Fusion Message Board

In this space, visitors are invited to post any comments, questions, or skeptical observations about Philo T. Farnsworth's contributions to the field of Nuclear Fusion research.

Subject: Re: Breakeven
Date: Nov 23, 10:45 am
Poster: Richard Hull

On Nov 23, 10:45 am, Richard Hull wrote:

>>I had an opportunity last year to visit Los Alamos labs (about ion beam deposition stuff) and met with people who have previously worked in fusion. They tell me that the Farnsworth fusor can do fusion, but not anywhere near enough to achieve breakeven. They say its a very good way to generate neutrons, however. Does anyone on this board think that breakeven can be achieved with the fusor or a derivative of the fusor? Please let me know on this.
>Unless some of us get very creative or lucky, grid losses will plauge the efficiency of Fusor's for years to come. However, I am personally hopeful that the future will hold some unseen development leading to a break even reaction.


The LNL folks are ostensibly correct as far as they go.

First, the fusor we are working with will never do breakeven! It is a training ground, a place to hang one's thinking cap. It is an elegant solution to fusion on a shoestring budget.

Second, for all of LNL's and Princeton's hundreds of millions of the money down a rat hole they are not breaking even with their pet toys either! Yes their toys are big, yes, their toys are impressive and yes, they have a lot of hangers-on suckin' away at the big Federal sugar tit in the sky. They are spinning their wheels with our money. The fusor was barely investigated by their standards of the money. Each lab has the old disease of NIH (not invented here). Nautrally, each seeks funding for their own brand of fusion device. Whether it be tokomaks spinning plasma tubes in horrendous mag fields or the laser "drip" tritium magic bullets of LNL.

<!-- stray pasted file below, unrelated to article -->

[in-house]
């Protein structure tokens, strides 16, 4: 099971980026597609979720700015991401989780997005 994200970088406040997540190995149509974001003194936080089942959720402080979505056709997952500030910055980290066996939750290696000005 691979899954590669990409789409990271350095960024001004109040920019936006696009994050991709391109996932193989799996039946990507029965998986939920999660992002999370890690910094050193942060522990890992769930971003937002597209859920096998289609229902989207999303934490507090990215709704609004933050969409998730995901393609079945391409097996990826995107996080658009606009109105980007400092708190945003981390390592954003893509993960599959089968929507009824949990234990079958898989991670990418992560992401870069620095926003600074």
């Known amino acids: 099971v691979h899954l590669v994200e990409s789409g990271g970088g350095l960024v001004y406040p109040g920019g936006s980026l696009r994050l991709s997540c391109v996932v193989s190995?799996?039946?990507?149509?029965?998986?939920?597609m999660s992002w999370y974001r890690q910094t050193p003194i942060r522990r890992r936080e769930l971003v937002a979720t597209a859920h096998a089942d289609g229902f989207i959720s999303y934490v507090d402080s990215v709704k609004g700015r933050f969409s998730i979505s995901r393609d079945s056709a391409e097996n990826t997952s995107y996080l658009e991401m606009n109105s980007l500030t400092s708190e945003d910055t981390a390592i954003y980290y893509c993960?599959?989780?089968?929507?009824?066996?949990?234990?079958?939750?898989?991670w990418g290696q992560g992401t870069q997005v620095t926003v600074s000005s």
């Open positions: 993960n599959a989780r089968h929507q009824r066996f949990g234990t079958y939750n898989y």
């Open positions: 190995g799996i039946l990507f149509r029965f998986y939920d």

The fusor has nothing but room to grow, but only provided someone really looks at the thing with a winning attitude. Right, now only Miley and Bussard are really trying. All are underfunded. Grid losses plague the system, but still allow fusion. Others are investigating different ways of setting up the electrostatic fields for confinement.

We, as amateurs and hopeful investigators, must just strain like a gear box to come up to some level of competence considered marginally minimal in the effort. Everyone starts somewhere and no one has a lock on innovation!

These are "hard sayins'" as an old southern comedian once noted, but nonetheless the state of affairs.

Richard Hull